Police said there was not enough evidence to charge the man with sexual battery but, because a battery is any unwanted touching, that’s what he was charged with. That charge is a misdemeanor with a maximum penalty of one year in the county jail. The drug charges are the real problem – both are second-degree felonies with a maximum penalty of 15 years in state prison on each count. Not only do felonies open up the possibility of state prison, for law enforcement officers it can mean the end of their career. Most police agencies will not allow someone to be a sworn officer if they have been convicted of or have pleaded to a felony. The officer is now on leave without pay while the Jacksonville Drug Crime investigation is completed. If the officer had prescriptions for the medication, that could make a big difference in the state’s willingness to discuss a plea agreement to something other than a felony.

The facts of the case, as they have been presented in the media, sound pretty thin. The woman did reach out to the officer for the pills and appears to have been offended by the sexual advances and then called police. The officer was arrested two days later and has not been back to work since. When it comes to the felony drug charges, the charge is the same whether someone sells prescription drugs or gives them to someone for free. The difference could come in sentencing, but the law treats both actions the same. This is where the discretion of prosecutors comes into play with the hope that not every Jacksonville Drug Crimes Case is treated exactly the same.  Our Jacksonville Drug Crimes Attorney represents people accused of all types of drug crimes, from sale or delivery on down to possession. Our Jacksonville Criminal Defense Attorney will thoroughly investigate the case against you or your loved one, and give you the information needed to make the best decision on how to proceed.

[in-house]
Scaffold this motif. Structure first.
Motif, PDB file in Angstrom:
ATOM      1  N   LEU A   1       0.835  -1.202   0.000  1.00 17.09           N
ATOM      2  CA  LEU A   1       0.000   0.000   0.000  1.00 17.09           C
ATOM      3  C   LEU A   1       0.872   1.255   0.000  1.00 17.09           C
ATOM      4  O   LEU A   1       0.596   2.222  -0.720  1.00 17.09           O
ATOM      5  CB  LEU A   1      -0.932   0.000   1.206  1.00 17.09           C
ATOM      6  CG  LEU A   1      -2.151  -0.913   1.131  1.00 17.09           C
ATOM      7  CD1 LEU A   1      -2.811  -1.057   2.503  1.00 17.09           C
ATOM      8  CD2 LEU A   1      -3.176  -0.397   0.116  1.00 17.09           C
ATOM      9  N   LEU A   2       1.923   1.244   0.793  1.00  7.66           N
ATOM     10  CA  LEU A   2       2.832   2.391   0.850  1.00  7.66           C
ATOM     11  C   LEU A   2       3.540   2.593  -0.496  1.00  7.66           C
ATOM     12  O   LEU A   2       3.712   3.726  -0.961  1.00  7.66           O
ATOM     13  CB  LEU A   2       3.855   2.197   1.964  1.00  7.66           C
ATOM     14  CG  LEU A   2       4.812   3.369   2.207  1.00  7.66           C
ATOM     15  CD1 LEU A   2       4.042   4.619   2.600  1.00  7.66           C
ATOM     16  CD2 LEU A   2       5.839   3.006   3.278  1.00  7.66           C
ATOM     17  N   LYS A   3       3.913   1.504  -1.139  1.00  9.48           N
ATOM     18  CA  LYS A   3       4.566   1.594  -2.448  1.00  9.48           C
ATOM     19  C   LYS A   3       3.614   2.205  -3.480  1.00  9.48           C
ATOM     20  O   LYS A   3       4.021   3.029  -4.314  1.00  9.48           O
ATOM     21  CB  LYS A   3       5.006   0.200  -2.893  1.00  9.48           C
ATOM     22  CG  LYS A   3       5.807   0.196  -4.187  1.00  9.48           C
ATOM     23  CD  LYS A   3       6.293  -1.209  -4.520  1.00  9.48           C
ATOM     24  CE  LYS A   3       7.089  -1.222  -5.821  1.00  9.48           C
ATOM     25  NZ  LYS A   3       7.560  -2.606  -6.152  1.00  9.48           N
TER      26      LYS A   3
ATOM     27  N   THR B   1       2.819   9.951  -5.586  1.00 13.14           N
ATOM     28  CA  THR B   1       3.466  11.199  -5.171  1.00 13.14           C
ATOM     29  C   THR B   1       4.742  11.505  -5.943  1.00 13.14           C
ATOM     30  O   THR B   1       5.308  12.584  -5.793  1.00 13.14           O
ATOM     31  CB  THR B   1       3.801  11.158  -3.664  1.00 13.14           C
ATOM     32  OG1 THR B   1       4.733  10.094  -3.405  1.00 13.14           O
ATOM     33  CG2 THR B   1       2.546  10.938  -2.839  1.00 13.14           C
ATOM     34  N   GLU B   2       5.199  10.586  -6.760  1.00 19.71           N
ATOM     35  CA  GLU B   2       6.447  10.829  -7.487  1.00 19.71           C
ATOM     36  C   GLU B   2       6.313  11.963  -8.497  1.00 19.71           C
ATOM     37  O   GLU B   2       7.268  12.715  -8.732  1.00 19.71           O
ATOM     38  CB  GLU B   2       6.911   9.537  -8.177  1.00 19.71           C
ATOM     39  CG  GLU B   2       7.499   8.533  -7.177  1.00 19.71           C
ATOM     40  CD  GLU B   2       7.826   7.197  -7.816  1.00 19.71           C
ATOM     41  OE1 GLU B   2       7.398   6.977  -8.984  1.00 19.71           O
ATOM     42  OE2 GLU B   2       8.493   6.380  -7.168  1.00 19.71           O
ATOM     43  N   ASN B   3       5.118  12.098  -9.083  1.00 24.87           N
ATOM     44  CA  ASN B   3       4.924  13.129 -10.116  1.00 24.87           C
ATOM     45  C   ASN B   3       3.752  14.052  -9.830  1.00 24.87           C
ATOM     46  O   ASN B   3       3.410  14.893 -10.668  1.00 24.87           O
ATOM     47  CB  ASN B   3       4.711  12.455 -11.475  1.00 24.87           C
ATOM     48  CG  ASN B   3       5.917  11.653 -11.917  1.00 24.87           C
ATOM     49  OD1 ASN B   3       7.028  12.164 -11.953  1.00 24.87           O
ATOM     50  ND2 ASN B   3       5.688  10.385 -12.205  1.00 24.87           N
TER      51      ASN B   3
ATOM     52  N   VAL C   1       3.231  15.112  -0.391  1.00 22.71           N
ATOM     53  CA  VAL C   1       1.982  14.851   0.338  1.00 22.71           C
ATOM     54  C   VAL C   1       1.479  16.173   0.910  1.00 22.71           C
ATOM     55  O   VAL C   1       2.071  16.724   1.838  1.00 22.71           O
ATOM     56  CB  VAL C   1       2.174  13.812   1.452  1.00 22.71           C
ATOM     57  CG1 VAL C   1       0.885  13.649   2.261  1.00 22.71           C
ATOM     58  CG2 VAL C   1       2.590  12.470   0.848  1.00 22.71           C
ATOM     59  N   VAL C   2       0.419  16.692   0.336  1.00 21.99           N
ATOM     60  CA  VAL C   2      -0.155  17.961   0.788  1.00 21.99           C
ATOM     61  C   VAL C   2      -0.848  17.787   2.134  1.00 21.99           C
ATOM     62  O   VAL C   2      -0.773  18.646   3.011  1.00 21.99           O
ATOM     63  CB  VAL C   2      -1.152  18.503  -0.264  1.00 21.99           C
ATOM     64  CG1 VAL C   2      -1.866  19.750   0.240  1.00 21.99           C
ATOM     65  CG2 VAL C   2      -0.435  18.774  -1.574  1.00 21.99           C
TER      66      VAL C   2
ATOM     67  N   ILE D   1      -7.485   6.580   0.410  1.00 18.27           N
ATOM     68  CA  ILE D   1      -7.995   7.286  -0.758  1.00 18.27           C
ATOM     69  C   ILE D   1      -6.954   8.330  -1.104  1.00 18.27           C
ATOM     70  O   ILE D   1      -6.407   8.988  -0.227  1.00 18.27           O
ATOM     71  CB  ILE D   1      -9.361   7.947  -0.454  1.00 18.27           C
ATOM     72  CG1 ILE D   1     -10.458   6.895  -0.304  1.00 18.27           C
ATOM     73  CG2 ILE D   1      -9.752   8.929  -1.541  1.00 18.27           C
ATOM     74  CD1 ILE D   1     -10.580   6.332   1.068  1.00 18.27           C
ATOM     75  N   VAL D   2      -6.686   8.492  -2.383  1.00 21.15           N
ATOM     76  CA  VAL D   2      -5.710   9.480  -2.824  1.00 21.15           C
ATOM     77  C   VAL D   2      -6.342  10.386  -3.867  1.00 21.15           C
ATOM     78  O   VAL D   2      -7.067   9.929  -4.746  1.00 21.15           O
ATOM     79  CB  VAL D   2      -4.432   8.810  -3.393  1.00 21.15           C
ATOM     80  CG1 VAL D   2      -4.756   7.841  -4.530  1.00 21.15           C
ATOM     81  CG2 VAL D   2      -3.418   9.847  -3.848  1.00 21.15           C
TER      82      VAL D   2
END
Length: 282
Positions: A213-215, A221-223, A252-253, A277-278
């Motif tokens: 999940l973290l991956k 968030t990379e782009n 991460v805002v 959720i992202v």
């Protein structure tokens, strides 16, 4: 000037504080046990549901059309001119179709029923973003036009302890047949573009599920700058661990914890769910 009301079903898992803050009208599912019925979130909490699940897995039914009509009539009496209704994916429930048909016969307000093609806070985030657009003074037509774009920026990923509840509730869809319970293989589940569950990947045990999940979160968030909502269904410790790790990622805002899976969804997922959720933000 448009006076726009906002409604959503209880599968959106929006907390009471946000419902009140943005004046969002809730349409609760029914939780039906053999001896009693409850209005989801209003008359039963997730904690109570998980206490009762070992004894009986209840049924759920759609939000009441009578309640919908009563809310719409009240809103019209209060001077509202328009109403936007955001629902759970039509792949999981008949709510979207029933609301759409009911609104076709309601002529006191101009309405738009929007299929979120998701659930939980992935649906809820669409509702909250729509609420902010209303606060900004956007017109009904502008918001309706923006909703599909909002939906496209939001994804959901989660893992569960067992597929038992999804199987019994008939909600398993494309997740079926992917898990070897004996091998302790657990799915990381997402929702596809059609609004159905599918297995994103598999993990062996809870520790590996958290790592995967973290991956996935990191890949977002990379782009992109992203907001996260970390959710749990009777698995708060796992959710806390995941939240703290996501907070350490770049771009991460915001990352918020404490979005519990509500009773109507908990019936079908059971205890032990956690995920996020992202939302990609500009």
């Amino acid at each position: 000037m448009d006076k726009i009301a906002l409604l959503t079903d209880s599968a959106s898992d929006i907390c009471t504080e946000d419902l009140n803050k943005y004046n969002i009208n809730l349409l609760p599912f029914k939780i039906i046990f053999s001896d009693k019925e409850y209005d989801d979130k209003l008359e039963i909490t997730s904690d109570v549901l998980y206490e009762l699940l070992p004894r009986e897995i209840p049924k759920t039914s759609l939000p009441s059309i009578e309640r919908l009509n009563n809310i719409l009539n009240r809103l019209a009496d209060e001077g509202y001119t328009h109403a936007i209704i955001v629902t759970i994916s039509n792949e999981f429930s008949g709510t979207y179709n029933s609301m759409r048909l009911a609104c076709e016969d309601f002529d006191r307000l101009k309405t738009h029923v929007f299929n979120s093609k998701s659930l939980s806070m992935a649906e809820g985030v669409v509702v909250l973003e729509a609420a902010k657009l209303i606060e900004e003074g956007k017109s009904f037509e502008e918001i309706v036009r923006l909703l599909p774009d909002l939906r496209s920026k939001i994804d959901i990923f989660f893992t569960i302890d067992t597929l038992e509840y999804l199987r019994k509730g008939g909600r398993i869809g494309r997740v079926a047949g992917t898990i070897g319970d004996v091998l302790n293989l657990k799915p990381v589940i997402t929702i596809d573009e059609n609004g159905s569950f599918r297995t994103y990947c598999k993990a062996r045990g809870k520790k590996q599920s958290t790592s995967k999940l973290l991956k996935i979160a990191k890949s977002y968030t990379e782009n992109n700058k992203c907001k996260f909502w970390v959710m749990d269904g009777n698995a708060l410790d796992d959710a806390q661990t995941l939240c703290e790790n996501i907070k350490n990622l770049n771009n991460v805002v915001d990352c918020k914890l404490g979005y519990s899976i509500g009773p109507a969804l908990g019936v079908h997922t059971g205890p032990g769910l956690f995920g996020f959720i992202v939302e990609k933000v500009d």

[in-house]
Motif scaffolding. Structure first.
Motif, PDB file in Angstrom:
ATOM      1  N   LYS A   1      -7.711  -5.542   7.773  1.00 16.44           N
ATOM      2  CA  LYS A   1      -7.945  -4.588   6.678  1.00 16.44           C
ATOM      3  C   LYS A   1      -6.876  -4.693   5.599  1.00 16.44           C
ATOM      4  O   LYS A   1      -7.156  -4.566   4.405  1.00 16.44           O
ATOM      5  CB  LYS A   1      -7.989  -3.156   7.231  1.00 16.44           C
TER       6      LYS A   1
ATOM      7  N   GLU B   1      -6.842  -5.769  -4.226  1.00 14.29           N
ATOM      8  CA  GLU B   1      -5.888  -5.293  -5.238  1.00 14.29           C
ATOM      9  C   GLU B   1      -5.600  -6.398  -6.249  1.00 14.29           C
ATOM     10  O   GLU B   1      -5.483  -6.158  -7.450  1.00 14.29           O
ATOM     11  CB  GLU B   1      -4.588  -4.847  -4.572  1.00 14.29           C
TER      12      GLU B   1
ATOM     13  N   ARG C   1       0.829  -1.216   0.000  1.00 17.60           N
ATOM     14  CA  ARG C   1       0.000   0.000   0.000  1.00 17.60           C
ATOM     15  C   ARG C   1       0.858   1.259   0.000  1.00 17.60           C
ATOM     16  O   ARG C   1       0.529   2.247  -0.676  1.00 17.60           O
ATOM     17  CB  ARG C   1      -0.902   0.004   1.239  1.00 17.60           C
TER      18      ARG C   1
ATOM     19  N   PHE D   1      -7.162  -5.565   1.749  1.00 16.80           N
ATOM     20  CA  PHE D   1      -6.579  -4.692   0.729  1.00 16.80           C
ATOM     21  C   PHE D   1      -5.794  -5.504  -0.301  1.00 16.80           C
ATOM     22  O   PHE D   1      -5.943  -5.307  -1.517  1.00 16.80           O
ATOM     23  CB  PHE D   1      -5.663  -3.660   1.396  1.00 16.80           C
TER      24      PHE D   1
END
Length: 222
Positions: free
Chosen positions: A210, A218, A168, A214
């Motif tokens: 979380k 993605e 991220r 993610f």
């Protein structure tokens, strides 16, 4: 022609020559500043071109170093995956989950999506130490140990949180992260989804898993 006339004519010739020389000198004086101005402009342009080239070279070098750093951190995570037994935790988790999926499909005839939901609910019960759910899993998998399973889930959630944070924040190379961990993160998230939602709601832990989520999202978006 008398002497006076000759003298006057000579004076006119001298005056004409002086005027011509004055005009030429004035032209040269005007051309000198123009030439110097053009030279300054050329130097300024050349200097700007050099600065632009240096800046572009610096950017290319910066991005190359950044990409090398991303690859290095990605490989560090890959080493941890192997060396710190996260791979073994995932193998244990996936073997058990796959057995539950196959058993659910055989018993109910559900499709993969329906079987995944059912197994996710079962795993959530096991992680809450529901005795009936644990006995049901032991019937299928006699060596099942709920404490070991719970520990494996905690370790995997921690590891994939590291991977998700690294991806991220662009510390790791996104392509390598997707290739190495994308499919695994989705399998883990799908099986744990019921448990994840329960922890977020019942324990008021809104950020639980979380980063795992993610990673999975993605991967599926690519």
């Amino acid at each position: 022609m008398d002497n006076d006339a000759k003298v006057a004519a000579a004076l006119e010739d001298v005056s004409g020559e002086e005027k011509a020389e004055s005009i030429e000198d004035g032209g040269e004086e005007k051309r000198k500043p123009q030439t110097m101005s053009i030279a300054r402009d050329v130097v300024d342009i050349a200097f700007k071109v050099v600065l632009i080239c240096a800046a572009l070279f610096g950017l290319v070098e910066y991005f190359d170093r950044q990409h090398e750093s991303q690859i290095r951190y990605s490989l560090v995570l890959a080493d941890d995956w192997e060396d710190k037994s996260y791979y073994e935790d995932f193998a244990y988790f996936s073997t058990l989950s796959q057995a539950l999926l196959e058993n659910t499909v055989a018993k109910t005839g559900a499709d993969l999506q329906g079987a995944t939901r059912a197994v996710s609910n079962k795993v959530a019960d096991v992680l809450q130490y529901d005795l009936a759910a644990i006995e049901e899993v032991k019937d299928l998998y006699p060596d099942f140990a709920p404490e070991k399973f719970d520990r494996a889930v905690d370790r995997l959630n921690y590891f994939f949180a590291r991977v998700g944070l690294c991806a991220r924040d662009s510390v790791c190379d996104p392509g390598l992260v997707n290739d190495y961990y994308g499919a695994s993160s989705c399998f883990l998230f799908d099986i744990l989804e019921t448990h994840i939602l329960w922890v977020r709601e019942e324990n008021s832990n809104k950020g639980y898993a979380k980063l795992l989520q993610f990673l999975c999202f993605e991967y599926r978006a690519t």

Nassau County Sheriff’s Office officials fired an officer and charged him with felony drug charges the same day.  The investigation is ongoing, but police said they learned the man was selling prescription medication and they had what they needed to fire him, according to a report in the Florida Times-Union. The man is charged with conspiracy to trafficking hydrocodone and with selling a controlled substance within 1,000 feet of a church or a school, the newspaper reported. Both are serious felony charges in this Nassau County Drug Crimes Case. Trafficking in hydrocodone is a first-degree felony punishable by up to 30 years in prison, and has a minimum mandatory sentence of at least three years in state prison, depending on the amount the person is accused of having. The charge for selling a controlled substance is a second-degree felony with a maximum penalty of 15 years in state prison.